The Mackintosh is a type of raincoat invented by Charles Macintosh of Scotland in the mid-1920s. The waterproof properties of the Mackintosh coat are derived from impregnating or laminating cloth with a type of rubber.
Early Macintosh coats faced serious problems due to the infancy of the production techniques. For instance it was not uncommon for the rubber laminated layer on early coats to melt when exposed to moderate heat or for the cloth to pick up displeasing odors when exposed to moisture. In fact it took nearly 20 years and the creation of vulcanized rubber for these problems to be addressed in a satisfactory manner.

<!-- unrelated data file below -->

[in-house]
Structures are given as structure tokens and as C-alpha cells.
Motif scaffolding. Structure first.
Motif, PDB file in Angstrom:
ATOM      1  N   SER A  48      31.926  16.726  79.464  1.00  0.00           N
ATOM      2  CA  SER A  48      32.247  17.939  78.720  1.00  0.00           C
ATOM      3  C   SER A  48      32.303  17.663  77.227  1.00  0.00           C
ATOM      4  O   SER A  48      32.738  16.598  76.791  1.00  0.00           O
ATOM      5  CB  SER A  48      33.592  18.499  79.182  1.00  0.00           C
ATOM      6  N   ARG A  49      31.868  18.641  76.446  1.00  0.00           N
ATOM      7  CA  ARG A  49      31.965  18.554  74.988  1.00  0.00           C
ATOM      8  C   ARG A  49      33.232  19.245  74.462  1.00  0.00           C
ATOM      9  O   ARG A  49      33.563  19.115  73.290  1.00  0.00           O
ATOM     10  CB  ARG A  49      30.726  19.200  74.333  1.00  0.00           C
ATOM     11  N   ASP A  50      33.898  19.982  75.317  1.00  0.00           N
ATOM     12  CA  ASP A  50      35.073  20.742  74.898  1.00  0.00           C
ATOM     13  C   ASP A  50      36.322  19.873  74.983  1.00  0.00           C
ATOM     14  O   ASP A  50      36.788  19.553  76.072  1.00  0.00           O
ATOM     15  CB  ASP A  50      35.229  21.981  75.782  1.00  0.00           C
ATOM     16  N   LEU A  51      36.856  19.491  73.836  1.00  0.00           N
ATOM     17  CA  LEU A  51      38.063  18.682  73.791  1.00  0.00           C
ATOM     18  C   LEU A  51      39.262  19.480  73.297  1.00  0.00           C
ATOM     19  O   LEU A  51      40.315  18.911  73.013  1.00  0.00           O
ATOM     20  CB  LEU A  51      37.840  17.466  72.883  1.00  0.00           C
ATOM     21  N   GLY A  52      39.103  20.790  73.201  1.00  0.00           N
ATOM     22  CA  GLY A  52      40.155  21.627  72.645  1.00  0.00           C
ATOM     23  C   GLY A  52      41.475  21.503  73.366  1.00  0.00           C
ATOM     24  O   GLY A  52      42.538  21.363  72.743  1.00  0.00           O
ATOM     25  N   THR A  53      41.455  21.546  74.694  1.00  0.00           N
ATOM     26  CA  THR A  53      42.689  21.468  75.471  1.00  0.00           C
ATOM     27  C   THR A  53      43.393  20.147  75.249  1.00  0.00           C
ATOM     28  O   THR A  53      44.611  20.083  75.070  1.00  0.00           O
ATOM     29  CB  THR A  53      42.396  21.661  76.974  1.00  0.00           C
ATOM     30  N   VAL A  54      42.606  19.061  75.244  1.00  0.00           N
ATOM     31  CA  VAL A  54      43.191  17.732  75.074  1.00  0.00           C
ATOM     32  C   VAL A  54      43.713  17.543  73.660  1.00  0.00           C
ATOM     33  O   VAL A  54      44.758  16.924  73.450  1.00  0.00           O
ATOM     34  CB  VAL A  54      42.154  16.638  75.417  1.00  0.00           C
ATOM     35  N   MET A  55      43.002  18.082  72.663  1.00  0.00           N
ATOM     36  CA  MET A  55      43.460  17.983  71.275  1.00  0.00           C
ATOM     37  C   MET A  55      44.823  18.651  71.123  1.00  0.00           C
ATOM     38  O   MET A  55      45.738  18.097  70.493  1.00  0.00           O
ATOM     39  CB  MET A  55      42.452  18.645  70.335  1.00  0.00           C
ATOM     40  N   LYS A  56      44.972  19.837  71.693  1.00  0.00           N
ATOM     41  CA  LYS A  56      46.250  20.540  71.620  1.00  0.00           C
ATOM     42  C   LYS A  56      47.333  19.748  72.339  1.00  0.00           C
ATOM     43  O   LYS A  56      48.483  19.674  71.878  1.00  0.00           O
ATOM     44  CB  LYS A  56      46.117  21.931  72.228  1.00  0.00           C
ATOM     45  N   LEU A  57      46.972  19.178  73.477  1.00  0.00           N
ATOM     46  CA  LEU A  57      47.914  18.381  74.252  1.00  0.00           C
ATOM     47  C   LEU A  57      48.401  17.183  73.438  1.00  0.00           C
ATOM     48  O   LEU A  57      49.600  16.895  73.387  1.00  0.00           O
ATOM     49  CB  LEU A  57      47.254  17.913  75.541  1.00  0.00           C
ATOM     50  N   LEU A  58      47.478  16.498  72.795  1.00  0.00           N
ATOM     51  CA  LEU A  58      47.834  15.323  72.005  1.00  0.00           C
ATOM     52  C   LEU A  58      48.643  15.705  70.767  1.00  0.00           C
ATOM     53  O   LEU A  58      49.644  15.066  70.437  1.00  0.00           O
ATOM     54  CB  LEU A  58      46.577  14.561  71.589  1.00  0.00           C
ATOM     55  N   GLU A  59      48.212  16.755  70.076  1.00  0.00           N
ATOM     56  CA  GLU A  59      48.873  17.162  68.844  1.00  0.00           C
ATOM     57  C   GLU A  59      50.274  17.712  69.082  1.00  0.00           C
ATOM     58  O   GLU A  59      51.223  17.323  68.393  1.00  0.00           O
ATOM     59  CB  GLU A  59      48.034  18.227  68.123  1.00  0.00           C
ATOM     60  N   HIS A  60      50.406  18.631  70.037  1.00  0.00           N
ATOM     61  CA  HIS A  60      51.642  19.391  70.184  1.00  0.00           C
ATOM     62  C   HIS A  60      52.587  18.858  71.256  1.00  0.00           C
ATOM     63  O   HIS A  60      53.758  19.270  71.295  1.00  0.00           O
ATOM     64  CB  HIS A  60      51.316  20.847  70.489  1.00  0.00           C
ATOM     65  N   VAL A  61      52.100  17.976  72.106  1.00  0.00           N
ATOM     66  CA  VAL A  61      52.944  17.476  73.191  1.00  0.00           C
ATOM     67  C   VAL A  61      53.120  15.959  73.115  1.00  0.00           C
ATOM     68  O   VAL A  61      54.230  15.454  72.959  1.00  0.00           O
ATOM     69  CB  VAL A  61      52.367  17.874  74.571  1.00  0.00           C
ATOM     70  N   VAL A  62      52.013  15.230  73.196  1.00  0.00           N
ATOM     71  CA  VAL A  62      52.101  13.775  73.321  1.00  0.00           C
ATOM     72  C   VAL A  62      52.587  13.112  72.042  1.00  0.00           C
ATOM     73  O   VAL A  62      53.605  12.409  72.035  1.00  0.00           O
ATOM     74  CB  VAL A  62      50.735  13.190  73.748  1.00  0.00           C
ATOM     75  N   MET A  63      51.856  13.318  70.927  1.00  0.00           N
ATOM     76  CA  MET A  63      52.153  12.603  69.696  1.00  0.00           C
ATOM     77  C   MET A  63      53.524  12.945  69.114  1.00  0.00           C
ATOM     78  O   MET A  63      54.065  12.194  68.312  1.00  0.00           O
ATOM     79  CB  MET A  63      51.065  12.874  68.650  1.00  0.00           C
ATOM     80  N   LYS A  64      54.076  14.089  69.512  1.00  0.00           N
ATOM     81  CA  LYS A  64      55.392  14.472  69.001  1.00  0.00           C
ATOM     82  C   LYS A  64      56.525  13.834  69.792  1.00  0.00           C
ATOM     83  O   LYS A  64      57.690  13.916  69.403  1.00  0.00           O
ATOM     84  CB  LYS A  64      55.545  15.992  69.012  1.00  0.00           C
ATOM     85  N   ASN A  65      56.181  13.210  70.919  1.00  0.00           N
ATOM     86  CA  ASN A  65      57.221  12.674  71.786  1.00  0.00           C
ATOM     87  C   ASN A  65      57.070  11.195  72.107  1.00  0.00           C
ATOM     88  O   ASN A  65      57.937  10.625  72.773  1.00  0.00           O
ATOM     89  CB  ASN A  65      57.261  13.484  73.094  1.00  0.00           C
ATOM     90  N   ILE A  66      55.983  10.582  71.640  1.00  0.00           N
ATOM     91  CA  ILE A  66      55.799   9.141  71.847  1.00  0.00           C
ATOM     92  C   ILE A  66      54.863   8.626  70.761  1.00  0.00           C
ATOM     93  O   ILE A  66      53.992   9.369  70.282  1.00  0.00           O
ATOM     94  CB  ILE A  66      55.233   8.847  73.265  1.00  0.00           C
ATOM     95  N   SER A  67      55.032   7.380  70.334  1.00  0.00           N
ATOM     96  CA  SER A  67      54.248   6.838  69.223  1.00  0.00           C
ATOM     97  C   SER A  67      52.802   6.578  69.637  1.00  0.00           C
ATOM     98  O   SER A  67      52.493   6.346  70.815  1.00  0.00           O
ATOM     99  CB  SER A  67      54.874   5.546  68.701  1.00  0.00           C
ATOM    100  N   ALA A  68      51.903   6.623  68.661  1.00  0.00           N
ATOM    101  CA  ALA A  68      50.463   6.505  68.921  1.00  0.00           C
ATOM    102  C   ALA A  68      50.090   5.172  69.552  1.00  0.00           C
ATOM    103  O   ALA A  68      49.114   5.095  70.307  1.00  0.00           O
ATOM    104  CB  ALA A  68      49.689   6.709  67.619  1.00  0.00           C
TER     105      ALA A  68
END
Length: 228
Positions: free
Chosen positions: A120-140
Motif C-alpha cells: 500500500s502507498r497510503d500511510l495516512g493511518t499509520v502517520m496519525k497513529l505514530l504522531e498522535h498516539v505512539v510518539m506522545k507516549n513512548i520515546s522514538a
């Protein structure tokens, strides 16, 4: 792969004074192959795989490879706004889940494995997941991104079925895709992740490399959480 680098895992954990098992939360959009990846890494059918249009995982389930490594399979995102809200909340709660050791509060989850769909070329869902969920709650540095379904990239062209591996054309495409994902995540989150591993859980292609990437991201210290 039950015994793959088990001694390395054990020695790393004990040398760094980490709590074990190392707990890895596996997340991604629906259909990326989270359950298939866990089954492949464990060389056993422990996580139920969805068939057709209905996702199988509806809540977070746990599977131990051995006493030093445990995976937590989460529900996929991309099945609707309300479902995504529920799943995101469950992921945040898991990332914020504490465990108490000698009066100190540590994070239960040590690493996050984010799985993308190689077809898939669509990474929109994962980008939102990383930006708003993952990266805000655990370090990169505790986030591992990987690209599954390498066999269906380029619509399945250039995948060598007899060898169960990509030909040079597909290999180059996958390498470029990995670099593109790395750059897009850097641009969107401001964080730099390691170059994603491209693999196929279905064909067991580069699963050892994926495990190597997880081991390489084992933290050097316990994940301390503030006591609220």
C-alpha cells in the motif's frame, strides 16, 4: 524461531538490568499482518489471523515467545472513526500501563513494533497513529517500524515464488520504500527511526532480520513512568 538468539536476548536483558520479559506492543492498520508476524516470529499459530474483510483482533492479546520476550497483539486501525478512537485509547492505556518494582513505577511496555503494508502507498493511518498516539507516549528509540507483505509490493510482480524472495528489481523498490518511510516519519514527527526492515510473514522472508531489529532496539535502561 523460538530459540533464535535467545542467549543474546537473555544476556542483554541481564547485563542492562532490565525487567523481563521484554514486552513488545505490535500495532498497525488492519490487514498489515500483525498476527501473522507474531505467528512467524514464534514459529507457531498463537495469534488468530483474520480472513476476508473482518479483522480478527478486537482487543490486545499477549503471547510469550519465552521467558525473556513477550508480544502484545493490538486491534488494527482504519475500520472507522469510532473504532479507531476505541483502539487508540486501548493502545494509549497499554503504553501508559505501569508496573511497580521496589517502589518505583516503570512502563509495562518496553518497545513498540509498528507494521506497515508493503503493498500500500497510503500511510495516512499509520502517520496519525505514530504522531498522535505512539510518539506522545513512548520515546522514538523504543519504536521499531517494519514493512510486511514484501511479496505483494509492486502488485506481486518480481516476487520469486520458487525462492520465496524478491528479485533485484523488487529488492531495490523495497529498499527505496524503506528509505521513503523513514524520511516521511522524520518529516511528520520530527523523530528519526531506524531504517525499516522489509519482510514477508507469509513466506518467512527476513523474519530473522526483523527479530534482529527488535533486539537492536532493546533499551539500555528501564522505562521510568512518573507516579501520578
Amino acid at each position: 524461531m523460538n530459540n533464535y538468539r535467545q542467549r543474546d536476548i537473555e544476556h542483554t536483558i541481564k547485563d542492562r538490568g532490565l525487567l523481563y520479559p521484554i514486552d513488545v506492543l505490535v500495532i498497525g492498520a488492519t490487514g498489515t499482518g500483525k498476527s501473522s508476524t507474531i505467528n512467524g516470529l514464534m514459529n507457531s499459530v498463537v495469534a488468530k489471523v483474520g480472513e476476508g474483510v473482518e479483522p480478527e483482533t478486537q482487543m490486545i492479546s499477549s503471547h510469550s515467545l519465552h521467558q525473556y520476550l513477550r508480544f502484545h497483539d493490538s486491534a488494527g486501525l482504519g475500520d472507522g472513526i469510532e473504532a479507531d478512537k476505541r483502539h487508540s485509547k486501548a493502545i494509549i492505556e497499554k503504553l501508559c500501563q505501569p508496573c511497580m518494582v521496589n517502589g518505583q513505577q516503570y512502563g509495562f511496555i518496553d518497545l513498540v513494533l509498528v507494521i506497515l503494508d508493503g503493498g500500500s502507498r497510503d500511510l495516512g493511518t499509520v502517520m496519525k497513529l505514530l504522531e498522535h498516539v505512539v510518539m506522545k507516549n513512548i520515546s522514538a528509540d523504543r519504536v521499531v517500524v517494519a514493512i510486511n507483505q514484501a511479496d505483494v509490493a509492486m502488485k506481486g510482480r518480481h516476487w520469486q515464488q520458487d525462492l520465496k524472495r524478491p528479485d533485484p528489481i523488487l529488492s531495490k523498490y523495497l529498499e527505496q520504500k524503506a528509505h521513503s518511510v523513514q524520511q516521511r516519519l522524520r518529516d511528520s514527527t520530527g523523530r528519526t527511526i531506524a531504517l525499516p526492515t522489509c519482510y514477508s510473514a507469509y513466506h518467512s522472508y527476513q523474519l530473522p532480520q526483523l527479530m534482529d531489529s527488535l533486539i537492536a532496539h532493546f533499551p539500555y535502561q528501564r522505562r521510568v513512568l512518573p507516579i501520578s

Though the original company has been bought, sold and merged several times throughout the years Mackintosh coats are still popular today. This is due to their excellent rain protection features as well as the fact that this style of coat is updated constantly in keeping with the times. Macintosh coats are defined by the type of rubberized fabric that they are constructed out of rather than any particular nod to fashion. So while a Mackintosh from the 1920s may be completely unrecognizable from a Mackintosh of the late 90s they are still technically the same style of coat so long as they are constructed out of the Mackintosh material.